Returning emigrants underestimate how hard resettling will be.

This article was first published as part of an ongoing series for Irish Times Abroad about James Parnell’s experience of returning to Ireland after 16 years in Australia.

Last Monday, six months since my return to Dublin from Sydney, I went to see Coming Home, an evocative new documentary about Irish emigrants leaving or returning home. The outcomes for the people featured varied, but it struck me how each story was so unique and personal.

Having spent 16 years overseas, watching the film was emotional. Airport departures – that rite of passage to which all emigrants can relate – brought tears as I focussed on the faces of those left behind. I’m glad we no longer travel by boat; those minutes before being out of sight would be excruciating.

I took great inspiration from the bravery and resourcefulness of two couples in their 70s coming back after many decades away.

Meeting others who have recently moved home made me realise I’m not alone

But it wasn’t the film that I valued most. Chatting with fellow emigrants before and after the screening meant so much more. The group gathered at Dublin City Council for the screening, organised by Crosscare Migrant Project, comprised of people from the film, recent returnees and support groups. It was – essentially – therapy.

Surprisingly perhaps, little of the discussion among those in transition was about the logistics emigrants overseas tend to ask about, like jobs, mortgages or rent. The ridiculous price of car insurance was mentioned but not dwelt on. The weather – out of courtesy – was blamed as the straw that broke the camel’s back.

For me – as I strive to settle – I was keen to learn what comes before that straw. What weighs so heavily that a straw can break? Here is what I heard:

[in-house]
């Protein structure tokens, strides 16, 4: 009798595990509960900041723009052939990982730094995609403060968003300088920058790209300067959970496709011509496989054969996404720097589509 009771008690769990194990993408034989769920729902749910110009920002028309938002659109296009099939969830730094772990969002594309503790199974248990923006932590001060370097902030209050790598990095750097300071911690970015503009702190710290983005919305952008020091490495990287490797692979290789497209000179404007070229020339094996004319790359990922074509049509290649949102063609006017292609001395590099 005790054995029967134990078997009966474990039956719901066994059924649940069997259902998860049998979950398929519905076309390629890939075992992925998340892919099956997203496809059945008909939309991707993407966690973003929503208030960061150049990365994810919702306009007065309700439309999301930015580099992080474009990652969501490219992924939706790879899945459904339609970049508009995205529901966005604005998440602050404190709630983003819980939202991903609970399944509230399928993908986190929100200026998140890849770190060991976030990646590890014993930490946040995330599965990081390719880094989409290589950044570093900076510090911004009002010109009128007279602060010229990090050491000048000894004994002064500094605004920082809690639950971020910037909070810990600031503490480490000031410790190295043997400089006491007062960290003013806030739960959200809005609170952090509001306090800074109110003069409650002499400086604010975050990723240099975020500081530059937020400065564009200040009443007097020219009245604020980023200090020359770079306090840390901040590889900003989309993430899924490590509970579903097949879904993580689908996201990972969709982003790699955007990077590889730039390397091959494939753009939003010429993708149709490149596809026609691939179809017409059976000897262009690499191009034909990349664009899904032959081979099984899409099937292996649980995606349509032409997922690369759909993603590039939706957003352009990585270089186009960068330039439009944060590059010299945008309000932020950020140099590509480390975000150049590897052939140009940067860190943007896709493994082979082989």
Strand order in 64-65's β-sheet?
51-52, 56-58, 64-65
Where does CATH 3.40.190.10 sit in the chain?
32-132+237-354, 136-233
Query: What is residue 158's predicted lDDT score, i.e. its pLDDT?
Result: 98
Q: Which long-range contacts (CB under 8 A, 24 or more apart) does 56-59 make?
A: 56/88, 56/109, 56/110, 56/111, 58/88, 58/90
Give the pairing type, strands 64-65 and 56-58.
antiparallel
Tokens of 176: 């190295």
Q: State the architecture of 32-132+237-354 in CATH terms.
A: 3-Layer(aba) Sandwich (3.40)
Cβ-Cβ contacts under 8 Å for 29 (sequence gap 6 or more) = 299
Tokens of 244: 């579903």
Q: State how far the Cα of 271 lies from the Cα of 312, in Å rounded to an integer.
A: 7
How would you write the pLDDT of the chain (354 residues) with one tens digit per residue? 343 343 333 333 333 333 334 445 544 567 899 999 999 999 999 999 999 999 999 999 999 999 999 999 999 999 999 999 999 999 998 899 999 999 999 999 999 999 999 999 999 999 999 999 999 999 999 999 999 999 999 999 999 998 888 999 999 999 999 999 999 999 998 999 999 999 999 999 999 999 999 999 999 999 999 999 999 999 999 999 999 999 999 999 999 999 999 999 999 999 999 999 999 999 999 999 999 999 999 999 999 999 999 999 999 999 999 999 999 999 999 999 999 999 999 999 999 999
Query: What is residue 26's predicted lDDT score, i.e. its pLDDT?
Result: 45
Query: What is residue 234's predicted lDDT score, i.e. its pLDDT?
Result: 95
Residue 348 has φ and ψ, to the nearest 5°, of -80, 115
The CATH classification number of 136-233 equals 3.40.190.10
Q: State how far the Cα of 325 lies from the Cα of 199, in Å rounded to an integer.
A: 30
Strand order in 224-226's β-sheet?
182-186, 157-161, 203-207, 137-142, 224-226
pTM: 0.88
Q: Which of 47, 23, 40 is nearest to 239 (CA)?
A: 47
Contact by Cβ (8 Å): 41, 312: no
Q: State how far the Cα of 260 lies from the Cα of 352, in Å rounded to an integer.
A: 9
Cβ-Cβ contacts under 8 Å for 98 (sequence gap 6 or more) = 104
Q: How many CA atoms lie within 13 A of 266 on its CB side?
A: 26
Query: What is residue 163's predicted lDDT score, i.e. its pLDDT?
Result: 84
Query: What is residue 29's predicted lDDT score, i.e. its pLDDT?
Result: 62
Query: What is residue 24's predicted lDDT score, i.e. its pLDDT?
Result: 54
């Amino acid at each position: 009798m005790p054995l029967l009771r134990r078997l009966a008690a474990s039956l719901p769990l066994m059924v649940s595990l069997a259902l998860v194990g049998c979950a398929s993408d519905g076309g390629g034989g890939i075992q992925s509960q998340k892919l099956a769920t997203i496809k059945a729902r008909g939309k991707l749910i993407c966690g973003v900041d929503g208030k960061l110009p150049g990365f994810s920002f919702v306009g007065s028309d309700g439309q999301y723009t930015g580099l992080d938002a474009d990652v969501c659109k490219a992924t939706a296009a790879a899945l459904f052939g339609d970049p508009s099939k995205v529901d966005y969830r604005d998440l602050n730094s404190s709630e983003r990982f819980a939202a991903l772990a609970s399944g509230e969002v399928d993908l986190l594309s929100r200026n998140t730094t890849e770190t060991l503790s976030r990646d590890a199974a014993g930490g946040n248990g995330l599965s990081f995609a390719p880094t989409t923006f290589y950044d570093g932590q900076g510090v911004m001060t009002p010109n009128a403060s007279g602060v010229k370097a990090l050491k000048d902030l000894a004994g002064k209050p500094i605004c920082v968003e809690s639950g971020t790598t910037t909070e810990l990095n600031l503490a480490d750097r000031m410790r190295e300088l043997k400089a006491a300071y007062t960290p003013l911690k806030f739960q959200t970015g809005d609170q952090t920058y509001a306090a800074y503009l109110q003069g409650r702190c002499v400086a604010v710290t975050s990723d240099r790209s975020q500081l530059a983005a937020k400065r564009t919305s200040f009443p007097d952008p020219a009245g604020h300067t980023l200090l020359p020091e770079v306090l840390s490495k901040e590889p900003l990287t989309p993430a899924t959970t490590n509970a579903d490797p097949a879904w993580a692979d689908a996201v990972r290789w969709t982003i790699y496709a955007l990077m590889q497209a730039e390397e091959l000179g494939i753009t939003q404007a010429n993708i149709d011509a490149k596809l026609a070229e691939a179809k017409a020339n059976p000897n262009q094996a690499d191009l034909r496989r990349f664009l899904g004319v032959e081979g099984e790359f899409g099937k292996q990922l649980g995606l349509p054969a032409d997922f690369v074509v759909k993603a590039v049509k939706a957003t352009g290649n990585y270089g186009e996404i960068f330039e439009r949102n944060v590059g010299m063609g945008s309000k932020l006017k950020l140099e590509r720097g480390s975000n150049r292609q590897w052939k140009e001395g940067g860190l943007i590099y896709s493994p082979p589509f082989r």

Returning emigrants – including myself – make assumptions and believe myths without testing or research. Even then, some things just cannot be understood without experiencing them. There is a significant difference between preparing for a challenge and going through it.

I had this return well-researched:

* I knew some things were expensive. But I hadn’t planned to curse each bill individually.

* I knew the weather would be terrible. But I forgot how excruciating that cold pain in my fingers is until I felt it.

* I knew family and I had changed. But I didn’t realise the gap until I had to bridge it.

* I knew friends had moved on. But I underestimated the effort until I had to re-connect.

* I knew my career would change. But I didn’t know how innovative I needed to get to create options that present themselves overseas with less effort.

Six months in, I realise there is much work to do. I expected a hill. I underestimated the slope. I stand at the start of a steep climb and I’m short some gear. But now I can see others on the hill. Together we have a chance. I remain steeled and will embrace the challenge. The view will be sweeter for the climb and the company. And let’s have perspective – these are first world challenges.

The other big thing I learned was about the assumptions I and other returning emigrants make, which are often misconceived:

#1: Everything you left is still there